Primer on creative financing
You don't have to teach children about creative financing. They seem naturally to acquire the knack of offering marbles, a candy bar, and a bracelet for a wagon or toy car.
In other words, they recognize that what few assets they control have some intrinsic value in a barter situation.
Creative financing of real estate is based on the same principle.
Admittedly, most people prefer cash, because money is so easily converted into tangible things as well as the fact that it is readily divided into smaller amounts. If you find a seller that is motivated, however, assets other than cash may be attractive as well. Cash
If you can pay all cash for real estate, then you're with the majority. To the seller, all cash means that the escrow can close almost immediately.
Normally, the title insurance will take longer than anything else in the transaction. The seller will not have to wait for loan processing, credit checks , or anything else. Maybe this lack of uncertainty is worth a discount to the seller; maybe not. IOUs signed by the buyer
Observe that the traditional first mortgage, in which the buyer borrows from a third party (and agrees to make payments to the third party), looks like cash to the seller. Usually, the seller receives the loan proceeds right away.
The main difference here is that the escrow cannot close until the loan proceeds are delivered to the seller.
An IOU signed by the buyer eliminates the third-party lender.
The buyer promises to pay certain amounts to the seller; and for this promise , the seller allows credit toward the purchase price. The promise to pay does not have to be structured in the same way as a bank or savings and loan association might want it. IOUs signed by a third party
Suppose you are already collecting a note from a third party.
Assume that your seller would take the IOU from that third party and give you credit on your purchase for it. The question is, how much credit? It depends, obviously, on the face amount of the IOU, the interest rate, the amount of each monthly payment, and how much longer the IOU has to run before it is paid off.
It may also depend on what property the IOU is secured by.
Your handy Realty Computer, which is nothing more than a list of tables to facilitate money conversions, shows how each numerical factor affects the value of your IOU. Obviously, a note with an interest rate of 6 percent is not worth as much as an identical note at 15 percent. Vacant lots
If you own a vacant lot and you think it is worth, say, $20,000, you might be able to persuade the seller to take it in trade.
You'll have to negotiate, trying to convince the seller that he's better off with a deal for a lot than with no deal at all. It works both ways, though. Are you better off with a $20,000 lot that you can't sell, or an $18,000 down payment on property you'd much rather own?
If you own a vacant lot and are trying to trade up, be sure you have cleared the weeds, carted off any debris, and generally prepared the lot to look its best. Improved property
There is a whole school of thought on property exchanges. Now, you're not so much trying to trade up, offering unimproved lots or promises to pay. You're now trying to effect an exchange of more comparable property.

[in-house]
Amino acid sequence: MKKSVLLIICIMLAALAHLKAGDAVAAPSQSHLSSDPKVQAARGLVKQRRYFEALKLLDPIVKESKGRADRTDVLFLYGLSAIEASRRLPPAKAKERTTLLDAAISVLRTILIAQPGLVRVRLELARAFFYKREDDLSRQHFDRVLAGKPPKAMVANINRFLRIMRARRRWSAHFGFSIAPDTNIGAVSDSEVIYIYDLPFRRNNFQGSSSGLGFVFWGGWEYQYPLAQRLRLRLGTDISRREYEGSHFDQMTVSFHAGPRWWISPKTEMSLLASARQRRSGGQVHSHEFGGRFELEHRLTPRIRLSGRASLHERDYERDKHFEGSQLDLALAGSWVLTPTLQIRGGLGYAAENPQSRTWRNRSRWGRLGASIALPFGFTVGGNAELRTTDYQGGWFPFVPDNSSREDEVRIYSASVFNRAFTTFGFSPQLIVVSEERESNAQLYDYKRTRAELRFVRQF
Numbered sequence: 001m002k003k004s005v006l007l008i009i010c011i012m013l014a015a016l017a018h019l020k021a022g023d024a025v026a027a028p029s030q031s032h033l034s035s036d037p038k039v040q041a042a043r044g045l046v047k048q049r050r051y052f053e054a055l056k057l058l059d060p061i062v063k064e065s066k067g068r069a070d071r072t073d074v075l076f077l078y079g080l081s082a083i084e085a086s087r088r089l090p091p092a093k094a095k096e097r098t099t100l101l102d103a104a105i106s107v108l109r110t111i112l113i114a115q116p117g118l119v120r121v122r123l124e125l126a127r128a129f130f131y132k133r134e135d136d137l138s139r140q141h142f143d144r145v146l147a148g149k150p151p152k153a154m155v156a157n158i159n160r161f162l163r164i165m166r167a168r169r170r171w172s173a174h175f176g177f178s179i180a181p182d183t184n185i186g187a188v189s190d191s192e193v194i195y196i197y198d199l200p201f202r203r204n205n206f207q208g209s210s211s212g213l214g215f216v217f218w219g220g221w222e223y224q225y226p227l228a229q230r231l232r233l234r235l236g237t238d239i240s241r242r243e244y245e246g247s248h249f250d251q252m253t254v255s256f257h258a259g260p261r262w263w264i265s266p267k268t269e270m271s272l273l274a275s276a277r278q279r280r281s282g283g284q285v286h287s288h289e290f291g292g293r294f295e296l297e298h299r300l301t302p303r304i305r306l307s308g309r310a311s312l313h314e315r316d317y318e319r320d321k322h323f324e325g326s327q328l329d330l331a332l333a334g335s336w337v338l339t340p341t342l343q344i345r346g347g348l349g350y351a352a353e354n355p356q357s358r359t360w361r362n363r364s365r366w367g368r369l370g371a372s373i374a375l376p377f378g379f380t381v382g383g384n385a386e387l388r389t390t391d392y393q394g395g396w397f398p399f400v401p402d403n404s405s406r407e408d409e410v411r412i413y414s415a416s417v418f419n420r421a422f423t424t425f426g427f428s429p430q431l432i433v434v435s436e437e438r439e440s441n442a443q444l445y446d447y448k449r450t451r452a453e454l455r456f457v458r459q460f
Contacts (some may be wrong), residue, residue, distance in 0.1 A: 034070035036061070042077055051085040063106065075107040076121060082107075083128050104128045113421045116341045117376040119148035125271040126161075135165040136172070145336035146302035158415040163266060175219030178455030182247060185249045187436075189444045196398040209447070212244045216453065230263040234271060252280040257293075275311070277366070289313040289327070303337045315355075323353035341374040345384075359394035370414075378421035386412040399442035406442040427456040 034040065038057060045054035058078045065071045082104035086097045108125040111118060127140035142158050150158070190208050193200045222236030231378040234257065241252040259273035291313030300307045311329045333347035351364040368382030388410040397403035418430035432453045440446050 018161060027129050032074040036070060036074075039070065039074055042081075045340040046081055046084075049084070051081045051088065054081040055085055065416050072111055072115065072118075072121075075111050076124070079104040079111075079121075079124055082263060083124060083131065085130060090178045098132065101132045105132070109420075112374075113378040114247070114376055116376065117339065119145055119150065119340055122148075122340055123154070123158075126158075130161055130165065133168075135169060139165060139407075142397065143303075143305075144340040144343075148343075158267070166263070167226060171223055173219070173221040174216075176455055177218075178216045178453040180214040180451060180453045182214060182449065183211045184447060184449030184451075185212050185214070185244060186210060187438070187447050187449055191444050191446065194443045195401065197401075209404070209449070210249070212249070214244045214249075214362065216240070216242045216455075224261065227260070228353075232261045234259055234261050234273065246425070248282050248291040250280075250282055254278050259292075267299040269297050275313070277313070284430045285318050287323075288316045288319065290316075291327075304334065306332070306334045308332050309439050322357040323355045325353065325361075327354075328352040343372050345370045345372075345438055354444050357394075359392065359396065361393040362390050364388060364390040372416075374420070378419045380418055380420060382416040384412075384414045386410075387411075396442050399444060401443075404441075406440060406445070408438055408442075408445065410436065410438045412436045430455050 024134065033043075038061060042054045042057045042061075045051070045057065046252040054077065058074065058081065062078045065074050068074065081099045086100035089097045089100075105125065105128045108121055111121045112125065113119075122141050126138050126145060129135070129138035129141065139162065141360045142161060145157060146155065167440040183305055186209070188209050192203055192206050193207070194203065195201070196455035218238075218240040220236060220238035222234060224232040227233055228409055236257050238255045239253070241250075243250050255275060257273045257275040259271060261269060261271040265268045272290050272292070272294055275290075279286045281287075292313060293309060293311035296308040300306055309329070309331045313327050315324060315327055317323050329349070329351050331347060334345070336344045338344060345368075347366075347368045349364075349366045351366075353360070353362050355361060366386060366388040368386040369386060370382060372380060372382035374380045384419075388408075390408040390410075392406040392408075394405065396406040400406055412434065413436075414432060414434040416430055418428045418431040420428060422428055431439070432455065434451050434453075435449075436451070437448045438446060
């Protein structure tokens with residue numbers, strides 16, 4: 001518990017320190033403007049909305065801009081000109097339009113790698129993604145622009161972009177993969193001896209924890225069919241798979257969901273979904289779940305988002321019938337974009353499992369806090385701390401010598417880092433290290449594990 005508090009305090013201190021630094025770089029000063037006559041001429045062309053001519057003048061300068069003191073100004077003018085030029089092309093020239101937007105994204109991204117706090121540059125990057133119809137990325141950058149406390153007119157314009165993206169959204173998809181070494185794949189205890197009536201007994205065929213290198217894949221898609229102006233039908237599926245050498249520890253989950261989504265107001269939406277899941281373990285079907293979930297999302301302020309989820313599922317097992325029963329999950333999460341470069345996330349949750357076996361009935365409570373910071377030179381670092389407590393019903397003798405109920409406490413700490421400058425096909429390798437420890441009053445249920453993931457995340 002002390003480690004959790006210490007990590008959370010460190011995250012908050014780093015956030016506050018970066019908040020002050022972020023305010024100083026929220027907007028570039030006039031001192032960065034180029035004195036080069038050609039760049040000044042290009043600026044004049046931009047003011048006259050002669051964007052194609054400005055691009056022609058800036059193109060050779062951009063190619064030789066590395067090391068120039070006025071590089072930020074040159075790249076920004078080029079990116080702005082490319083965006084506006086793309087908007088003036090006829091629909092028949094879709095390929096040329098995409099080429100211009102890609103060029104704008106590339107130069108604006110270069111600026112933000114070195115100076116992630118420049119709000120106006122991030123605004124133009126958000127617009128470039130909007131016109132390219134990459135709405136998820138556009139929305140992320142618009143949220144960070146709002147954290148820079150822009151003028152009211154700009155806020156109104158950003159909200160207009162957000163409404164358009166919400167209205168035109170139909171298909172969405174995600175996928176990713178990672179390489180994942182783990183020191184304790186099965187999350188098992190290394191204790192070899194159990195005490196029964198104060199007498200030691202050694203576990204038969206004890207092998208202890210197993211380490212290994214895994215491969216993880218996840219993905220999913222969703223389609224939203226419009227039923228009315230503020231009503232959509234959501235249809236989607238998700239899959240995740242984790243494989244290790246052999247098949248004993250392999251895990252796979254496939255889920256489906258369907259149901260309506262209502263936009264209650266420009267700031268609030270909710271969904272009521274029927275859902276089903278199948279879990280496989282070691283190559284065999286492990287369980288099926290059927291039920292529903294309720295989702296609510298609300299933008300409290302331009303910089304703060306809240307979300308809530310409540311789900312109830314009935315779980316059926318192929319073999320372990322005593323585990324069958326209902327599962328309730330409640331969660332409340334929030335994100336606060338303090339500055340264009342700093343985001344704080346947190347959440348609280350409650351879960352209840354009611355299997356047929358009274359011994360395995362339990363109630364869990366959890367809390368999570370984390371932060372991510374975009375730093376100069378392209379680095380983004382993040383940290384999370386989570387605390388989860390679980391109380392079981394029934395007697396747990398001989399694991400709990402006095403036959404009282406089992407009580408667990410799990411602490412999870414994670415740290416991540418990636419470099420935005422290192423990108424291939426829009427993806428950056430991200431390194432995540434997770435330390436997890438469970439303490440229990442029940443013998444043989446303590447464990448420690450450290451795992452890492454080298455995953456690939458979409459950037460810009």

Be sure you are confident as to the value of both your property and the seller's. You may wind up making a trade but ending up poorer than when you began. Professional real-estate appraisers are frequently used when such exchanges are considered.
Why would someone want to trade, anyhow? It depends on a lot of factors.
The seller may be transferred, retired, or just plain tired of his own property. Further, he may want to change areas, get rid of a problem building, the roof might leak - who knows?
You should spend as much time checking out trades as you would in buying your own house for cash (or cash and IOUs).
Don't forget, if your place is worth less than his place, you can combine any or all of these creative financing practices on any transaction. Cars
Why not? If you can't sell your Cadillac or Mercedes in the marketplace, why not use it for a down payment? It could easily be worth middle Blue Book prices.
Naturally, your 1962 Plymouth Valiant won't go as far as a more remarkable model. Gemstones and jewelry
Most of us are not diamond experts, so use professional appraisers. Do not make the mistake of going in to your local neighborhood jeweler and asking for an offer. That is not an appraisal. There is a substantial difference between wholesale and retail diamond prices.
The same is true for jewelry. Just because it only cost you $1,000 10 or 15 years ago doesn't mean it isn't worth $10,000 now. Get it appraised. Promises
Can you start a new business, buy a storefront, and pay with a percentage of future profits, if any? You don't know unless you try.
If you are selling a business, can you obtain property instead of cash for a promise not to compete? Can you buy an option on property based on the promise of future purchase? Boats, labor, ads, silver, mailing lists
Being creative cannot be taught. All one can do is show some examples, explain the structure of the possible deals, offer some advice, and hope for the best.
If your real-estate broker is not willing to consider the various kinds of creative financing for you, you'll have to think about it for yourself. Take stock of what you have and try to evaluate what it is worth.
All you have to do is work long and hard enough to find someone who agrees with you.